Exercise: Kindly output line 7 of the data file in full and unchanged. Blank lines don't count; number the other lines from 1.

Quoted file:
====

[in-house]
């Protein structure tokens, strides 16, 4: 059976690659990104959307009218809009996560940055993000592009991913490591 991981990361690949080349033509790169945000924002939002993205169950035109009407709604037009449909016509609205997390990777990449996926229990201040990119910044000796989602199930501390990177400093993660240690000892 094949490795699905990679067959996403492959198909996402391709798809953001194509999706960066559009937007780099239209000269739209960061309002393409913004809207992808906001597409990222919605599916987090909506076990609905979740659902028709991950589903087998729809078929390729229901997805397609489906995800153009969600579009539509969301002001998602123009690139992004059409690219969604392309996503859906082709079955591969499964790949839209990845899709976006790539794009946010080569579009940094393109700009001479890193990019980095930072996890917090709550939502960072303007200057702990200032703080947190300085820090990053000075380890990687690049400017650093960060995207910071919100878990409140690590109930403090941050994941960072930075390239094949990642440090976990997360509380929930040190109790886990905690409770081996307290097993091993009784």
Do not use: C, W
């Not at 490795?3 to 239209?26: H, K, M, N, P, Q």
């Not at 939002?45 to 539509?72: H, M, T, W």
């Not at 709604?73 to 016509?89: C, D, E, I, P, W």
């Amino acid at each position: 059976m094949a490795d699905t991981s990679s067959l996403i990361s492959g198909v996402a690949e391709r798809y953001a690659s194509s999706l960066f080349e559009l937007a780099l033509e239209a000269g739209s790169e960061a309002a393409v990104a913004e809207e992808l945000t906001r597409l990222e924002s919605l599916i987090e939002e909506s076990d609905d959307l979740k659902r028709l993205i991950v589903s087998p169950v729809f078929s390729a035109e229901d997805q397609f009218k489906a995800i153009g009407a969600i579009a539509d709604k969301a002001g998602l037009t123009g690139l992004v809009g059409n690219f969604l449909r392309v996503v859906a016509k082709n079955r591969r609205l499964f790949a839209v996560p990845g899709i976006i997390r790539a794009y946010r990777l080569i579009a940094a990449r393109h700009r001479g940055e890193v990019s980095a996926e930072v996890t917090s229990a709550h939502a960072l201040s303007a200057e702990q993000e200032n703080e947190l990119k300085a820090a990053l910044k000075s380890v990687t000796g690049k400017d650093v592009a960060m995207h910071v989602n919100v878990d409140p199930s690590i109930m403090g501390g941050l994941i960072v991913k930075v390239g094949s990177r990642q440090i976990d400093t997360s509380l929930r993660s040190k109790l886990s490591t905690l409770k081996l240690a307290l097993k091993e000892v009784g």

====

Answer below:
């Amino acid at each position: 059976m094949a490795d699905t991981s990679s067959l996403i990361s492959g198909v996402a690949e391709r798809y953001a690659s194509s999706l960066f080349e559009l937007a780099l033509e239209a000269g739209s790169e960061a309002a393409v990104a913004e809207e992808l945000t906001r597409l990222e924002s919605l599916i987090e939002e909506s076990d609905d959307l979740k659902r028709l993205i991950v589903s087998p169950v729809f078929s390729a035109e229901d997805q397609f009218k489906a995800i153009g009407a969600i579009a539509d709604k969301a002001g998602l037009t123009g690139l992004v809009g059409n690219f969604l449909r392309v996503v859906a016509k082709n079955r591969r609205l499964f790949a839209v996560p990845g899709i976006i997390r790539a794009y946010r990777l080569i579009a940094a990449r393109h700009r001479g940055e890193v990019s980095a996926e930072v996890t917090s229990a709550h939502a960072l201040s303007a200057e702990q993000e200032n703080e947190l990119k300085a820090a990053l910044k000075s380890v990687t000796g690049k400017d650093v592009a960060m995207h910071v989602n919100v878990d409140p199930s690590i109930m403090g501390g941050l994941i960072v991913k930075v390239g094949s990177r990642q440090i976990d400093t997360s509380l929930r993660s040190k109790l886990s490591t905690l409770k081996l240690a307290l097993k091993e000892v009784g």